Original Research ARTICLE
Scanning fast and slow: current limitations of 3 Tesla functional MRI and future potential
- 1Center for Medical Physics and Biomedical Engineering, Medical University of Vienna, Vienna, Austria
- 2MR Center of Excellence, Medical University of Vienna, Vienna, Austria
- 3Department of Radiology, State Clinical Center Danube District, Tulln, Austria
- 4Brain Behavior Laboratory, Department Psychiatry, University of Pennsylvania Medical Center, Philadelphia, PA, USA
Functional MRI at 3T has become a workhorse for the neurosciences, e.g., neurology, psychology, and psychiatry, enabling non-invasive investigation of brain function and connectivity. However, BOLD-based fMRI is a rather indirect measure of brain function, confounded by physiology related signals, e.g., head or brain motion, brain pulsation, blood flow, intermixed with susceptibility differences close or distant to the region of neuronal activity. Even though a plethora of preprocessing strategies have been published to address these confounds, their efficiency is still under discussion. In particular, physiological signal fluctuations closely related to brain supply may mask BOLD signal changes related to “true” neuronal activation. Here we explore recent technical and methodological advancements aimed at disentangling the various components, employing fast multiband vs. standard EPI, in combination with fast temporal ICA. Our preliminary results indicate that fast (TR <0.5 s) scanning may help to identify and eliminate physiologic components, increasing tSNR and functional contrast. In addition, biological variability can be studied and task performance better correlated to other measures. This should increase specificity and reliability in fMRI studies. Furthermore, physiological signal changes during scanning may then be recognized as a source of information rather than a nuisance. As we are currently still undersampling the complexity of the brain, even at a rather coarse macroscopic level, we should be very cautious in the interpretation of neuroscientific findings, in particular when comparing different groups (e.g., age, sex, medication, pathology, etc.). From a technical point of view our goal should be to sample brain activity at layer specific resolution with low TR, covering as much of the brain as possible without violating SAR limits. We hope to stimulate discussion toward a better understanding and a more quantitative use of fMRI.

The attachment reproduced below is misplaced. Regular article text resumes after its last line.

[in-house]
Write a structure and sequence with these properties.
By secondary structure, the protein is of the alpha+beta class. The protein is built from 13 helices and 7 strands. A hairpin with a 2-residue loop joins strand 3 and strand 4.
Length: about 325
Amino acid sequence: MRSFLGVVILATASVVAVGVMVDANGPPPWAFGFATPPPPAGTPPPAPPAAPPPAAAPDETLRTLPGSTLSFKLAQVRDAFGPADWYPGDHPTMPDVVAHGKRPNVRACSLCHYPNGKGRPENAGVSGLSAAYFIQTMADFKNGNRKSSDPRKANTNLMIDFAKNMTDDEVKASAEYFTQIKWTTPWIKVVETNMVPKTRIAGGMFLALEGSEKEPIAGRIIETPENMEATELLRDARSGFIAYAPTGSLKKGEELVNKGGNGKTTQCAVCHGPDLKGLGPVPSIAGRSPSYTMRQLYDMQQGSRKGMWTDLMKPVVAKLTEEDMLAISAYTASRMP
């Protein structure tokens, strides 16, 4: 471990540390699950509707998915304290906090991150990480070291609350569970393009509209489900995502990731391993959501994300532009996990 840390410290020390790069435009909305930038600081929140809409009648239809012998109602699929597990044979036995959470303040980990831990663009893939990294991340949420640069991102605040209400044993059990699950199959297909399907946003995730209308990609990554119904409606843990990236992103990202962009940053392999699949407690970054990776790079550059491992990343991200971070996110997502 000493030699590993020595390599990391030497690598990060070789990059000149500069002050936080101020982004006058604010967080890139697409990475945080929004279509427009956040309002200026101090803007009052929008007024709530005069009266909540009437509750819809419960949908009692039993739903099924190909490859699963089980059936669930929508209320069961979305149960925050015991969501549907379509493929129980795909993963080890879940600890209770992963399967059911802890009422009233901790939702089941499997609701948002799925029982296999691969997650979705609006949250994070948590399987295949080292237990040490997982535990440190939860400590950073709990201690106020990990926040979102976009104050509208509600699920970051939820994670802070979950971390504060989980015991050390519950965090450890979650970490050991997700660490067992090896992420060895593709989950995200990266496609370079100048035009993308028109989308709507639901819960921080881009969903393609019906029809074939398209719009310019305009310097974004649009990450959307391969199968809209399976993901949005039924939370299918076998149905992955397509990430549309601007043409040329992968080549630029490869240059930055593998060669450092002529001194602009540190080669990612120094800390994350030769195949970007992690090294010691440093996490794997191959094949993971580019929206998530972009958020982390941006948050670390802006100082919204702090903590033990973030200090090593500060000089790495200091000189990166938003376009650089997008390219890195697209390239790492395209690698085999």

Hampered by the inherently low sensitivity, caused by low energy difference in MRI spin transitions (ca.10−6eV), and the low speed of data collection in 2D/3D MRI, increasing sensitivity was the prime focus for decades. This led to the development of a versatile diagnostic imaging technique, based on morphological imaging, using endogenous (e.g., based on tissue relaxation times T1, T1ρ, T2, T2*) or exogenous tissue contrast during the 1980's. Later on, employing fast gradient-echo imaging techniques, functional imaging based on blood-oxygenation  and perfusion  changes have been developed. However, substantially increasing image SNR via stronger static magnetic fields, and the sensitivity of multi-element phased-array coils and corresponding accelerated imaging acquisition techniques, did not yet increase time series SNR  nor, subsequently, contrast in functional MRI (fMRI). This is mainly due to non-white physiological noise, varying in different brain regions, and interacting with signal reduction due to susceptibility differences between brain tissue, cerebro-spinal fluid (CSF), air and bone as well as gross head motion. We are convinced, and will demonstrate below, that time has come to trade sensitivity for specificity in functional MRI of the human brain.